Birmingham’s crimefighting chief has signalled a major move away from local police stations, concentrating instead on officers placed in the community.
West Midlands police and crime commissioner Bob Jones said his priority amid large funding cuts was keeping officers on the beat.
In a bold online blog, Mr Jones states: “Buildings don’t catch criminals – that’s what police officers do.”
Last month the Birmingham Post revealed that every police station in the region was under review.
Now Mr Jones has unveiled a clear strategy to move away from neighbourhood stations – instead embedding officers in shared offices, possibly owned by councils.
He highlighted how the West Midlands had lost £126 million in the last four years. The force has already shed around 2,200 jobs.
West Midlands police currently spends about 85 per cent of its budget on officers and staff, with the rest spent on infrastructure including buildings.
In the 12 months to March overall crime in the region has fallen by 11 per cent compared to the previous 12-month period with reductions in business crime, burglary and robbery.
But there are serious concerns that further cuts to the crime-fighting budget could see rates start to spiral again. Mr Jones revealed that since the last figures were released there has been a small rise in crime.
The commissioner said he was faced with a simple dilemma between spending money on bricks and mortar or frontline officers.
He said: “Managing cuts on this scale poses a particular challenge because policing is all about people. Eighty-five per cent of the budget goes on pay and benefits for officers and staff.
“Falling numbers of police officers and staff, as I’ve said before, create the risk of a new ‘tipping point’, where crime starts to rise after two decades of decline.
“We must do everything to stop this happening, but the pressure is real, and we’re feeling it now. Since March 2013, we’ve seen a small increase in crime, just 0.6 per cent over what we saw last year. The downward trend might resume, but it might not.
“If we are to stop crime rising, then officers on the streets, with effective and appropriate support from police staff, will be key. A key priority is to maximise the number of officers on the streets, preventing crime and catching criminals.
“So if 85 per cent of my budget goes on officers and staff, then I must focus on that other 15 per cent – the part of the budget that goes on things other than people.”
The commissioner said he understood that the role of buildings was vital in allowing communities to feel like there was a genuine presence of officers.
But he added: “However, no police station ever caught a criminal. An office in a police base can’t prevent a crime. Only police officers, and the staff who support them, can do these things.”
In Birmingham there are plans to centralise as many services as possible to the force headquarters at Lloyd House in the city centre, doubling the number of people who work there. This will enable the force to close a number of its city centre facilities, which it claims will enable savings equivalent to keeping 75 officers on the streets.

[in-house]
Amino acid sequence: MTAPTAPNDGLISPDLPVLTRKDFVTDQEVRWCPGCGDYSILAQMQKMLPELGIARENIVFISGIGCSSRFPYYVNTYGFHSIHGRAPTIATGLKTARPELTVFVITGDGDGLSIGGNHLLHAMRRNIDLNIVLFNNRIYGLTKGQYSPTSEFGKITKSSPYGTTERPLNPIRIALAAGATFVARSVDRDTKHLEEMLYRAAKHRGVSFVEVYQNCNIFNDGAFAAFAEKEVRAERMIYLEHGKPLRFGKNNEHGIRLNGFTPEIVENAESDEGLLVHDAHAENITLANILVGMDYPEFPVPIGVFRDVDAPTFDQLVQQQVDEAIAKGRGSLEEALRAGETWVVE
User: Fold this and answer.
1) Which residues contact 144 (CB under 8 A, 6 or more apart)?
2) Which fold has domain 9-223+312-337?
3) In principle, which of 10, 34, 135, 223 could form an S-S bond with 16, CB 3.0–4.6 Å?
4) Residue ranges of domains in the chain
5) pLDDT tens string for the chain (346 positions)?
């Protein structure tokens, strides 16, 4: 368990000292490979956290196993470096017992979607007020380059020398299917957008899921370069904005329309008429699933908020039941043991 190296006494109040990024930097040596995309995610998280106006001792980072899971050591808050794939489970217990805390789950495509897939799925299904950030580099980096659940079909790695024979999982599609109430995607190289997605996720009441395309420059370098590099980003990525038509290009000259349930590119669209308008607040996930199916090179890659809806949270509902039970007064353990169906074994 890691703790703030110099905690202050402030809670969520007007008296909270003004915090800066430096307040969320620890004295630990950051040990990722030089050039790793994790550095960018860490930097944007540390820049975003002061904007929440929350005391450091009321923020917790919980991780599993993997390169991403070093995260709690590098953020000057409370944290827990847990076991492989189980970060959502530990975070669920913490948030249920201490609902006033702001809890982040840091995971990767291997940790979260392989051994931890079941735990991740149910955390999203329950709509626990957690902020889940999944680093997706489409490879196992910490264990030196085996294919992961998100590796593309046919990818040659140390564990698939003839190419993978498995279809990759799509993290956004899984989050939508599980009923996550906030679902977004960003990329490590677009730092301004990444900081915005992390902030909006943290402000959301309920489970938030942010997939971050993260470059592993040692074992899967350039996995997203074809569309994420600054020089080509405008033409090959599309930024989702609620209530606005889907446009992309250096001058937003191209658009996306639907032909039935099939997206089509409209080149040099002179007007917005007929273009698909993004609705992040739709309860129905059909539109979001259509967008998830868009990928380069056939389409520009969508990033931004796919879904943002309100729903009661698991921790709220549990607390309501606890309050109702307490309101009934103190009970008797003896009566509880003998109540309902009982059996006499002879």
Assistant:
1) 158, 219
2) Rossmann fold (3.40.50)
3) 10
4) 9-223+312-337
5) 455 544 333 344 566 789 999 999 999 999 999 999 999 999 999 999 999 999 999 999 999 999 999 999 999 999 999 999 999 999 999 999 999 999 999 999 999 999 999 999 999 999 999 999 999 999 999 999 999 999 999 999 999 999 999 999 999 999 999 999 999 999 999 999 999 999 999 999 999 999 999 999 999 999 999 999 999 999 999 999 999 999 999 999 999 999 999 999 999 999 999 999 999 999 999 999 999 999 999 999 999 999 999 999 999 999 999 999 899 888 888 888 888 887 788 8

Mr Jones said: “At the most basic level, with fewer officers and staff, less office space is required. With the need for larger, safer and more cost effective custody blocks, existing stations, with custody blocks that are no longer required attached, don’t make any sense any more.
“This doesn’t mean the police are retreating from our communities. In fact, it can mean the opposite – officers and staff becoming embedded in shared, centrally located buildings that save money and promote joint working.”
Last month plans were scrapped for a new £14 million police station in Walsall town centre – ending a decade of planning and searching for a new location, and leaving the council disappointed. It was described as a “downgrading” of police operations in the town by Walsall Council leader Mike Bird.
Instead, the force is now negotiating with the council to move a neighbourhood team into council offices.
Mr Jones said: “This means we don’t need to spend £14 million on a new station and will allow us to close the existing station – saving another half million pounds a year.
“We will pay some of this to the council for the space, making their building more sustainable, and other officers and staff from the station will redeploy to other police stations and buildings, meaning that they are fuller and more sustainable, too. Custody facilities will be provided in new, larger facilities that are more efficient and safer.”
Mr Jones claimed the scheme will actually provide a ‘better service’ for local people, and said: “When they visit the shared offices it will be easier for them to get their issue dealt with right away.
“Rather than the police or the council picking up each other’s business, or signposting people to other agencies, it will be possible to get the right response, right away. We’ve seen this working in Chelmsley Wood (where the local team is based in the Bluebell Centre), and it can work in Walsall too.
“This approach is a win-win, and as the estates strategy progresses, I will be exploring other opportunities.
“I have to ensure that West Midlands Police is as efficient as possible, providing as good a service as possible, and doing everything it can with the resources it has to prevent crime and catch criminals. Buildings don’t catch criminals – that’s what police officers do. With money tight, I know where I’m going to invest.”